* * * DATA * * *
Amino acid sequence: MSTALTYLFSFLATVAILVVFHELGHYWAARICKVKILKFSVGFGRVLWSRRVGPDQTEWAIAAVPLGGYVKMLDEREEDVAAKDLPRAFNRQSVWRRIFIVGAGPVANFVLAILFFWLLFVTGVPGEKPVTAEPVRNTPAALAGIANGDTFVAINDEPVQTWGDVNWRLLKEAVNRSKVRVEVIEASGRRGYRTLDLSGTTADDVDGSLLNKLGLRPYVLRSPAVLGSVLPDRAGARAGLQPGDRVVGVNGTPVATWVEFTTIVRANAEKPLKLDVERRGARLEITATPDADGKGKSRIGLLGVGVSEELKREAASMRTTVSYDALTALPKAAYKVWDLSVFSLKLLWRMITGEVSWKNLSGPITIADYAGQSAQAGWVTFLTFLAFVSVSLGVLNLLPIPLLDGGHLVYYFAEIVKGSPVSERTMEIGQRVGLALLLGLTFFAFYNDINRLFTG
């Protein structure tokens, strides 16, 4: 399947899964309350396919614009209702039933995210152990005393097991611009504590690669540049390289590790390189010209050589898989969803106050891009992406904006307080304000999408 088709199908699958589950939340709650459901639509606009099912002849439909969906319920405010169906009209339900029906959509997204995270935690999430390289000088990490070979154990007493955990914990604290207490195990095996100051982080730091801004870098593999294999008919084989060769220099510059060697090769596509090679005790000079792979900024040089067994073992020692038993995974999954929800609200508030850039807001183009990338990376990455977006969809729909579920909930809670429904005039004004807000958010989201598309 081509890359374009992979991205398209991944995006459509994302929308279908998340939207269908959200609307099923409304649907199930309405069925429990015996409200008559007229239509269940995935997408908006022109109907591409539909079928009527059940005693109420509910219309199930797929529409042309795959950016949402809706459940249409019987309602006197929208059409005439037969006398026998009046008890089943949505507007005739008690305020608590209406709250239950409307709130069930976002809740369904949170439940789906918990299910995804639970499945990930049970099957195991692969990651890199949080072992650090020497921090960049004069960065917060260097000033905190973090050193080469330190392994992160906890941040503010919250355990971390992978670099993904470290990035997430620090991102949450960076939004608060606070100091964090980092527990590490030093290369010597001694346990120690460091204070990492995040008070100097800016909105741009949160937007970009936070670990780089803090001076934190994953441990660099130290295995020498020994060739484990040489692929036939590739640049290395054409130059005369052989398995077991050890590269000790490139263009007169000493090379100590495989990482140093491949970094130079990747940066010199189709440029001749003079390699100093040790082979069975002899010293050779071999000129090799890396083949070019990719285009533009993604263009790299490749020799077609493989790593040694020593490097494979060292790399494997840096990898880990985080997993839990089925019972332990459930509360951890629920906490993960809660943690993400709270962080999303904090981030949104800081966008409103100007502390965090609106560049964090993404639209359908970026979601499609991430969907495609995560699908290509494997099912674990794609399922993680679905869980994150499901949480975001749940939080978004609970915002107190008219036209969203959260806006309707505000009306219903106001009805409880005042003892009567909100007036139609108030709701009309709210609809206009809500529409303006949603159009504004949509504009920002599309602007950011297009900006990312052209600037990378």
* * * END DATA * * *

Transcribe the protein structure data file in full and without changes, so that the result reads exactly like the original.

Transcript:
Amino acid sequence: MSTALTYLFSFLATVAILVVFHELGHYWAARICKVKILKFSVGFGRVLWSRRVGPDQTEWAIAAVPLGGYVKMLDEREEDVAAKDLPRAFNRQSVWRRIFIVGAGPVANFVLAILFFWLLFVTGVPGEKPVTAEPVRNTPAALAGIANGDTFVAINDEPVQTWGDVNWRLLKEAVNRSKVRVEVIEASGRRGYRTLDLSGTTADDVDGSLLNKLGLRPYVLRSPAVLGSVLPDRAGARAGLQPGDRVVGVNGTPVATWVEFTTIVRANAEKPLKLDVERRGARLEITATPDADGKGKSRIGLLGVGVSEELKREAASMRTTVSYDALTALPKAAYKVWDLSVFSLKLLWRMITGEVSWKNLSGPITIADYAGQSAQAGWVTFLTFLAFVSVSLGVLNLLPIPLLDGGHLVYYFAEIVKGSPVSERTMEIGQRVGLALLLGLTFFAFYNDINRLFTG
């Protein structure tokens, strides 16, 4: 399947899964309350396919614009209702039933995210152990005393097991611009504590690669540049390289590790390189010209050589898989969803106050891009992406904006307080304000999408 088709199908699958589950939340709650459901639509606009099912002849439909969906319920405010169906009209339900029906959509997204995270935690999430390289000088990490070979154990007493955990914990604290207490195990095996100051982080730091801004870098593999294999008919084989060769220099510059060697090769596509090679005790000079792979900024040089067994073992020692038993995974999954929800609200508030850039807001183009990338990376990455977006969809729909579920909930809670429904005039004004807000958010989201598309 081509890359374009992979991205398209991944995006459509994302929308279908998340939207269908959200609307099923409304649907199930309405069925429990015996409200008559007229239509269940995935997408908006022109109907591409539909079928009527059940005693109420509910219309199930797929529409042309795959950016949402809706459940249409019987309602006197929208059409005439037969006398026998009046008890089943949505507007005739008690305020608590209406709250239950409307709130069930976002809740369904949170439940789906918990299910995804639970499945990930049970099957195991692969990651890199949080072992650090020497921090960049004069960065917060260097000033905190973090050193080469330190392994992160906890941040503010919250355990971390992978670099993904470290990035997430620090991102949450960076939004608060606070100091964090980092527990590490030093290369010597001694346990120690460091204070990492995040008070100097800016909105741009949160937007970009936070670990780089803090001076934190994953441990660099130290295995020498020994060739484990040489692929036939590739640049290395054409130059005369052989398995077991050890590269000790490139263009007169000493090379100590495989990482140093491949970094130079990747940066010199189709440029001749003079390699100093040790082979069975002899010293050779071999000129090799890396083949070019990719285009533009993604263009790299490749020799077609493989790593040694020593490097494979060292790399494997840096990898880990985080997993839990089925019972332990459930509360951890629920906490993960809660943690993400709270962080999303904090981030949104800081966008409103100007502390965090609106560049964090993404639209359908970026979601499609991430969907495609995560699908290509494997099912674990794609399922993680679905869980994150499901949480975001749940939080978004609970915002107190008219036209969203959260806006309707505000009306219903106001009805409880005042003892009567909100007036139609108030709701009309709210609809206009809500529409303006949603159009504004949509504009920002599309602007950011297009900006990312052209600037990378």